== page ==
I regret to say that it did not live up to my expectations as much as I would have liked it to.
That’s not to say it wasn’t magical.
That’s not to say it wasn’t beautiful.
That’s not to say it wasn’t one of the most enchanting books I’ve ever read.
“There are many kinds of magic, after all.”
It was just too stretched; too thin. Too many pages with too little development. I was just waiting, waiting, waiting. (There were certainly years enough in the story.)
Can you tell by now my problem with The Night Circus? You might have noticed that I’ve been using one particular word a lot. Development. (Rather, the lack thereof.) That’s it. That’s all my problems with it wrapped up in one pretty package. There was not enough development in the plot, in the characters, in the romance. The timing became a problem.
If you’re in to long, slow, slightly suspicious, and masterfully written stories, this one’s for you. I enjoyed it, but not too much more. Still, it’s a story I want to come back to.
The Night Circus felt unexecuted, with a promise of more to come.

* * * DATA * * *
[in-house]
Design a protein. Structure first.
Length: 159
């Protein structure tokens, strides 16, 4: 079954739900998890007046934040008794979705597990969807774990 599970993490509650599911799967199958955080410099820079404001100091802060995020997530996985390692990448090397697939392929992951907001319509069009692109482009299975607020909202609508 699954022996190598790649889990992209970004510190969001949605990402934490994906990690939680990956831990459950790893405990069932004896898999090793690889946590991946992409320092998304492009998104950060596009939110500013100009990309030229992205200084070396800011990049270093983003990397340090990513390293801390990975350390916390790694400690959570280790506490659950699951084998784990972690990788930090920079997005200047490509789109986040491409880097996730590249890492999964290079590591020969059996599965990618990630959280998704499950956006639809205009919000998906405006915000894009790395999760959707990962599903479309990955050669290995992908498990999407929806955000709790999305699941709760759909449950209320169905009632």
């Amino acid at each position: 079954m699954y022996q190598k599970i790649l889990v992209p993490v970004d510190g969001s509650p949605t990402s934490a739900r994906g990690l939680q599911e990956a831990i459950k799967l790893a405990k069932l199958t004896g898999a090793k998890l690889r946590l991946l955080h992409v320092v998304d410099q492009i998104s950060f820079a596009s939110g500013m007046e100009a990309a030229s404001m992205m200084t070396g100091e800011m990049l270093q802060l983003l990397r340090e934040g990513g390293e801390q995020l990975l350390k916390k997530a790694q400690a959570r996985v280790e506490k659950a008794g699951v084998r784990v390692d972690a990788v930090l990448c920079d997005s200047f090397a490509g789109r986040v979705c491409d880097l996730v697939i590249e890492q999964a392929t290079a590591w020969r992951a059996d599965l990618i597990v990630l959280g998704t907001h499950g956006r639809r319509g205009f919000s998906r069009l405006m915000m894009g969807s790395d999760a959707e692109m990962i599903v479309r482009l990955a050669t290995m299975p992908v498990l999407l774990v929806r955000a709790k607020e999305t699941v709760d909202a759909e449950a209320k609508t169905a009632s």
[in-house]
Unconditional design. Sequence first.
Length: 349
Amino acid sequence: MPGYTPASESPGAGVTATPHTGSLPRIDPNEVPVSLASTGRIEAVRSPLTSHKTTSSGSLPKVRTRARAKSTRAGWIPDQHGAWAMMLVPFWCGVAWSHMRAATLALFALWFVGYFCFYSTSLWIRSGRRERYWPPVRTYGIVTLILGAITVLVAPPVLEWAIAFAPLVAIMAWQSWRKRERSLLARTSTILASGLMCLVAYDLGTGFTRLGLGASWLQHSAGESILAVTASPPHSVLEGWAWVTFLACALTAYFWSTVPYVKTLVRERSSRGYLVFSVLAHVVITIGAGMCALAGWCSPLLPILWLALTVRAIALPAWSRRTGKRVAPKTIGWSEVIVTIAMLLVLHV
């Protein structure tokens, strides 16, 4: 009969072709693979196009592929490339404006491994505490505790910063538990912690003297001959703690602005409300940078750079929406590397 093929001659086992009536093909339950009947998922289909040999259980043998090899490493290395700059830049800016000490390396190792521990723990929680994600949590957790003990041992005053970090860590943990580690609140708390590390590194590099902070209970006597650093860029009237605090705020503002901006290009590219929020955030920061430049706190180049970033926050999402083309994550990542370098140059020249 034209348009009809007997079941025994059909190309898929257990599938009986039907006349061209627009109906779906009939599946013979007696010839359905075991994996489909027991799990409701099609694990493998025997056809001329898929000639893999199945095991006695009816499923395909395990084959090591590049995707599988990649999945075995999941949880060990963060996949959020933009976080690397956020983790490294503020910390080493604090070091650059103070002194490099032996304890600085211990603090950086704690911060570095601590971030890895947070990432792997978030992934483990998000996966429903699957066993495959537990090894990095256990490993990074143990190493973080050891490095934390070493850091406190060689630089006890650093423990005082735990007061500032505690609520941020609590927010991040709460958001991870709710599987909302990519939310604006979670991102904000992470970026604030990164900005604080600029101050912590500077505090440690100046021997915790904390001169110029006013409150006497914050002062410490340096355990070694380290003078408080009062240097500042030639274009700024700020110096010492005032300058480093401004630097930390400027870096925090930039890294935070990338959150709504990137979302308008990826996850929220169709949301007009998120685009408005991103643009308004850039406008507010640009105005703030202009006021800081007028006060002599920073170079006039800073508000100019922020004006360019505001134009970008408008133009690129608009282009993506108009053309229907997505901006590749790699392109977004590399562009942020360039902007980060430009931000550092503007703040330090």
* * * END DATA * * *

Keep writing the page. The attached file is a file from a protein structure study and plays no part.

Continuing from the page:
Is it okay for me to read?
Language • • • • •
One use of the f-word, d***, and “bloody h**l.”
Violence • • • • •
A woman steps in front of a train and a man is accidentally stabbed once and killed, though the events are not depicted in any detail. A girl’s father forces her to train by injuring herself (pretty painfully) to get her to heal herself.
Sensuality • • • • •
Two characters kiss lightly and eventually become lovers, though it is described in a Victorian fashion. I.e., very subtle. (In other words, the content is there, but it’s brushed over; the description is vague and doesn’t linger.)
Substances • • • • •
Of-age characters drink wine and champagne on multiple occasions. A proprietor (a peripheral character) is often drunk.
For more about my content ratings and what they mean, click here.